What Marketing Costs Should be Included in CAC Calculations?

Dear Kellblog:

I’m working on my CAC calculations and I’m trying to determine if I should include all marketing costs or just my direct demand generation costs?  I’ve talked to many of my CMO peers and can’t get a consistent answer to the question?

Thanks / Bewildered CMO

Dear Bewildered CMO:

My gut reaction is that you should include all marketing costs.  Don’t try to argue that PR and product marketing don’t work on customer acquisition.  Don’t try to argue that people aren’t programs and try to exclude the cost of your demandgen team.

Why?  Three reasons:

  • Demandgen people and programs dollars should be fungible.  PR and product marketing better be doing things that help acquire customers., even if indirectly.
  • Playing counting games can hurt your credibility.  VCs aren’t just trying to compare metrics, they’re trying to get to know you by seeing how you think about and/or calculate them.  I’d think you were a weasel if I found you excluding these costs without really good reason.
  • To the extent that people try to compare these things between private and public companies, remember that there is no way to split marketing apart (or split customer success from sales) with public companies which should suggest that by default you include things.

Best / Kellblog

For fun, let’s go quickly look at some sources for CAC definitions and see what we find regarding this issue:

Kellblog defines the CAC as:


S&M, by default, needs to include all S&M costs, so you can’t cut anything out.

(Side note:  to the extent you amortize commissions, I would prefer to say cash sales expense as opposed to GAAP sales expense, because the latter will hide some costs — but that has nothing to do with marketing.)

The 2015 Pacific Crest Private SaaS Company Survey defines the CAC as:

How much do you spend on a fully-loaded sales & marketing cost basis to acquire $1 of new ACV from a new customer.

This seems to close one door (i.e., you better include IT and facilities allocations to your sales costs — as GAAP would require anyway), but open another because it defines the CAC not in terms of total new ACV, but new ACV from new customers.  So if, for example, you had installed base upsell marketing programs, then I would not count those costs in the CAC calculation because they are not marketing costs spent to win new ARR from new customers.  Is PR?  Is product marketing?  It’s a slippery slope.  I’m not in love with this definition for that reason.  You could never do it for public companies.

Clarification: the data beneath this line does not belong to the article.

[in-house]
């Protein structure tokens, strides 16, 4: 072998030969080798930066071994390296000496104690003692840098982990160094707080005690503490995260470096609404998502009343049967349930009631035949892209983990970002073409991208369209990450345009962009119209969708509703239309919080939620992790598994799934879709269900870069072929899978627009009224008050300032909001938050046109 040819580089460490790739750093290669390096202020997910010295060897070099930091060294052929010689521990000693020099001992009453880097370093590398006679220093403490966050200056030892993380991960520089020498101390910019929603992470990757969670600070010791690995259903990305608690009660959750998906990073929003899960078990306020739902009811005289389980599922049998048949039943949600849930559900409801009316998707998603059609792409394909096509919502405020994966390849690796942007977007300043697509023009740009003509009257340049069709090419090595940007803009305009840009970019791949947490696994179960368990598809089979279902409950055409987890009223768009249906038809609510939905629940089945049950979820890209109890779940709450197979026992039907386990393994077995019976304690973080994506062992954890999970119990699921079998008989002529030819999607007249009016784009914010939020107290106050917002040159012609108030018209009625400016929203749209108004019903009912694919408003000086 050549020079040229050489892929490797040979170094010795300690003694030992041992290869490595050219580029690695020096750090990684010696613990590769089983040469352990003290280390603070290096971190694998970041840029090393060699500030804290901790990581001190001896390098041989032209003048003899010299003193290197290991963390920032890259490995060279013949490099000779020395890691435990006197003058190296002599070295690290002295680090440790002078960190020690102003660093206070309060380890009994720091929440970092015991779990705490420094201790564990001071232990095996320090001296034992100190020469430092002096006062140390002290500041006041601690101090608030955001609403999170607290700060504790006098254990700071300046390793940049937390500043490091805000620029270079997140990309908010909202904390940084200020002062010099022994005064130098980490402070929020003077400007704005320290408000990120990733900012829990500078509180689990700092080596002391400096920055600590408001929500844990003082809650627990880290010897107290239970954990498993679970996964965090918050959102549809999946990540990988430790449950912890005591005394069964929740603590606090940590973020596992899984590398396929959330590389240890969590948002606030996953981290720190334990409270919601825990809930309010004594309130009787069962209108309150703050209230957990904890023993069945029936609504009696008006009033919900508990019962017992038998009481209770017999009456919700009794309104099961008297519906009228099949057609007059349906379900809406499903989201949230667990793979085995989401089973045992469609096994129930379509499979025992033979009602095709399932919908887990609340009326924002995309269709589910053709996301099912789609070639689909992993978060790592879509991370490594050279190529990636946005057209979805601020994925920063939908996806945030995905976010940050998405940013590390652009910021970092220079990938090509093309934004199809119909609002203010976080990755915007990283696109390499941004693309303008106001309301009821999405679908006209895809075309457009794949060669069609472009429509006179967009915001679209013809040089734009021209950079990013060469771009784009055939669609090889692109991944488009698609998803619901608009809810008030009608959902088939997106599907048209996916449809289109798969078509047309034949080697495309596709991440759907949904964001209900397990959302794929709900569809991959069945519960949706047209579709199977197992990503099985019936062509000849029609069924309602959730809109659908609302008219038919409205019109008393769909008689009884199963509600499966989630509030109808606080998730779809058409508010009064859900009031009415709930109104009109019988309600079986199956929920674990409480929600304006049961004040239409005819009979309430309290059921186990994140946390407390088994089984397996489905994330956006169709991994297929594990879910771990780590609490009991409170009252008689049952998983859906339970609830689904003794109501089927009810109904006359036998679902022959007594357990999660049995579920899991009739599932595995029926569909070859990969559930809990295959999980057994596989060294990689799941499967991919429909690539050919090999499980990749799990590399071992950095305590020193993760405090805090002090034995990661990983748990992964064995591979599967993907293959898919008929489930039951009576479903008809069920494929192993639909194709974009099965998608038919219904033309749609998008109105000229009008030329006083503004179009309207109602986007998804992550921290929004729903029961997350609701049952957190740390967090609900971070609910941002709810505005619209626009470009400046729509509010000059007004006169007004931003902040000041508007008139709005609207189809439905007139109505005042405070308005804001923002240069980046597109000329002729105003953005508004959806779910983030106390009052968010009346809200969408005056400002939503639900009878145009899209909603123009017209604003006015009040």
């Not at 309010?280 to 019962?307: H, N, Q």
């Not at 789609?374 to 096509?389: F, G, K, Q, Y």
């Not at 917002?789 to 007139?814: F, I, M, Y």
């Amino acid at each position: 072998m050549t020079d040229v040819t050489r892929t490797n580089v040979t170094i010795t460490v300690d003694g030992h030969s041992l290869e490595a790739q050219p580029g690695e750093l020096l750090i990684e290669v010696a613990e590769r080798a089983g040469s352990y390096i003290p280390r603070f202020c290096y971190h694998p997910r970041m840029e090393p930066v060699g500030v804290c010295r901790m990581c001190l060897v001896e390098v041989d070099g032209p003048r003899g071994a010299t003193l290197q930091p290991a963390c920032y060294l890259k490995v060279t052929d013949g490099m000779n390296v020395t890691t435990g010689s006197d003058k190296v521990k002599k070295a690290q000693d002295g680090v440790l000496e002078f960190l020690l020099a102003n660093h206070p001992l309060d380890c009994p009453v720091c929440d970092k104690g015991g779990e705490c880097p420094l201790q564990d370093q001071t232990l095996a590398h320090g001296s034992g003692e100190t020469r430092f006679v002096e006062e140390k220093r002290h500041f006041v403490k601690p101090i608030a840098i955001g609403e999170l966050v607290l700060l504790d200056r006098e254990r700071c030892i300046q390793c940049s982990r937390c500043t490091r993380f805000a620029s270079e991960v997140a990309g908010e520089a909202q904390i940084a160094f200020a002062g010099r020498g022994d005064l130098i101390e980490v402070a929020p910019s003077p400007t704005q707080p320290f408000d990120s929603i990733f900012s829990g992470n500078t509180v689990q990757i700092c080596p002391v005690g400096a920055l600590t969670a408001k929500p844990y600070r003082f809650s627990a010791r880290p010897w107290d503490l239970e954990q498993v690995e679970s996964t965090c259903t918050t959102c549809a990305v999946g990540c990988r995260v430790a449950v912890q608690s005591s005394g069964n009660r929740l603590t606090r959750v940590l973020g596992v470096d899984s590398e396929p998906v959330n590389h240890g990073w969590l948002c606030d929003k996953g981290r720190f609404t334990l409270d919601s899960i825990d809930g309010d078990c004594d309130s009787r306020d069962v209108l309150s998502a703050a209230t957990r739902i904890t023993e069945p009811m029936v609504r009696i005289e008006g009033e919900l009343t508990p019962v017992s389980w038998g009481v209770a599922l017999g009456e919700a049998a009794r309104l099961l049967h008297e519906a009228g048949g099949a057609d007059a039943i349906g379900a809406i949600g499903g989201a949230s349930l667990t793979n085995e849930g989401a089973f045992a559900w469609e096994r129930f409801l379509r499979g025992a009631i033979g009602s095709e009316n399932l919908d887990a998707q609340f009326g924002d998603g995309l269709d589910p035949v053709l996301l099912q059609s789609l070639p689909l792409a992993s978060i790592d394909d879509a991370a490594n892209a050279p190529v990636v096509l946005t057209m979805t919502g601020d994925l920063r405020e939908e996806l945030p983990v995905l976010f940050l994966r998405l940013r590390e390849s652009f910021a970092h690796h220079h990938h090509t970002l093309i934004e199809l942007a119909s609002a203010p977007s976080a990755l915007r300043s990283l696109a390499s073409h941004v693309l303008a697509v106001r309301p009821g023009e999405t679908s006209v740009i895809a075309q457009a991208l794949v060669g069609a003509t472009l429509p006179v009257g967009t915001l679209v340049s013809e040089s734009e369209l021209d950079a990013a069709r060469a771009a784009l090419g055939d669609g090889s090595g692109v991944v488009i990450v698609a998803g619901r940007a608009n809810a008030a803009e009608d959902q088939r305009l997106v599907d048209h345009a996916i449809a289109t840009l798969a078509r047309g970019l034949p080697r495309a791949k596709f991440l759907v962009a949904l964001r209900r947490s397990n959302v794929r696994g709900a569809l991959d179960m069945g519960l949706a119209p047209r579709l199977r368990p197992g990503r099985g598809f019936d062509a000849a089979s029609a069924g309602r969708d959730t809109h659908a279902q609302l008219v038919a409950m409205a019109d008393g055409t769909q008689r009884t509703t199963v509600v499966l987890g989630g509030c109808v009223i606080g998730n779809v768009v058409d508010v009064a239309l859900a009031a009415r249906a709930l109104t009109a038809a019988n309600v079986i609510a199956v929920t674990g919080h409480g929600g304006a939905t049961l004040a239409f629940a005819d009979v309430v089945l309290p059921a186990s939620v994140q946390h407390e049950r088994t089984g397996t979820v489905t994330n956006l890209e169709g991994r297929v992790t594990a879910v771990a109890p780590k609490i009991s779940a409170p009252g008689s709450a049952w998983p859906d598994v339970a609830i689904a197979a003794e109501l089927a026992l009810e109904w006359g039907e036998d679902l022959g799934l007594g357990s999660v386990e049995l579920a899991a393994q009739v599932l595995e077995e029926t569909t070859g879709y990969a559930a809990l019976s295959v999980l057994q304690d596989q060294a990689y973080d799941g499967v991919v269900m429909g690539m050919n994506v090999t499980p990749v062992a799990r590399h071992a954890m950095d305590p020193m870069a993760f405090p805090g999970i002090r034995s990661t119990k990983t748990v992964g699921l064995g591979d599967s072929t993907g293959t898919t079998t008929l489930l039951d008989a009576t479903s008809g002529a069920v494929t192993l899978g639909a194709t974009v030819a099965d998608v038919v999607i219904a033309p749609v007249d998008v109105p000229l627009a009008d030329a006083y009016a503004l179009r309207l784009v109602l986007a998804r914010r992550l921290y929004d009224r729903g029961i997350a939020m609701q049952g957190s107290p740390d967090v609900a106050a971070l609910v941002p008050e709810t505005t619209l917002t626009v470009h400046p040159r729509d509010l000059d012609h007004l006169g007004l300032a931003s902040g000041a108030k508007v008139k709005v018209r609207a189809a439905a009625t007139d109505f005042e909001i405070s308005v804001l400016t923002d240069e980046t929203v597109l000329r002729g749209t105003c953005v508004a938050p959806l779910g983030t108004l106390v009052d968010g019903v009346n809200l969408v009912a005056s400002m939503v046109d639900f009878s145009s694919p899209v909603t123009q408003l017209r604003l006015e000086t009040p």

David Skok defines the CAC as:

Note that while Skok is calculating a cost to acquire a new customer as opposed to $1 of new ARR, his definition is clear when it comes to splitting marketing costs:  include all S&M costs.

Bessemer prefers talking about a CAC payback period and defines it as:

bess cac

Again, this definition is clear — include all S&M costs.

5 responses to “What Marketing Costs Should be Included in CAC Calculations?

  1. Great post. Am curious about two current topics of discussion @ our organization. The first is excluding a portion of marketing expense that is “brand” marketing verse direct selling and thus shouldn’t be part of CAC. The second is excluding all or part of salary expenses for selling managers, as they aren’t directly selling but manage those who do. Do you have thoughts on either of these?

    • It’s too hard to separate brand from non-brand (and a slippery slope, what about PR, customer case studies, etc.) so I wouldn’t do it. I think most VCs would think you’re trying to bury cost. Ditto on sales managers. If you can’t have salespeople without them, they are part of the CAC because the CAC is all about scaling. In fact, this suggests you’re better off omitting some “brand” than sales management if you had to pick one– but I’d omit neither.

  2. This might seem like an obvious question, but ‘all sales and marketing costs’ includes salaries?

  3. HI Dave — Thanks for the post. I’ll add another definition posted by the folks at OPEX Engine who I’ve learned to trust due to their rigor on defining benchmarks in order to make them meaningful and comparable: https://www.opexengine.com/10-expenses-not-include-saas-cac-calculation/ — First paragaph — ” Calculating SaaS CAC correctly is not as simple as dividing total Sales and Marketing expense into the number of new customers acquired”

    I relate to this definition as we and many SaaS companies have blended S&M orgs who are doing both new client acquisition and upsell/account management and those costs are not always clearly segmented. We’ve had conversations with many practitioners who have gone more to a “Revenue Acquisition Cost” metric which is more like the Pac Crest or your definition in that its really about knowing what you invest in S&M to add $1 of ARR to the book and then understanding what efficiencies you gain by upselling vs NCA activity.

    BTW – am a fellow fly fisherman and a SaaS exec, and a customer enjoying your product.

    • Agree you can split both sales and marketing costs, if you want and have the tracking in place across four categories: generic/other, new customer demandgen, existing customer renewal, existing customer upsell. You’d need to allocate the first across the other three, but then use three to get a better handle cost to acquire vs. cost to renew vs. cost to upsell. Thanks for reading!

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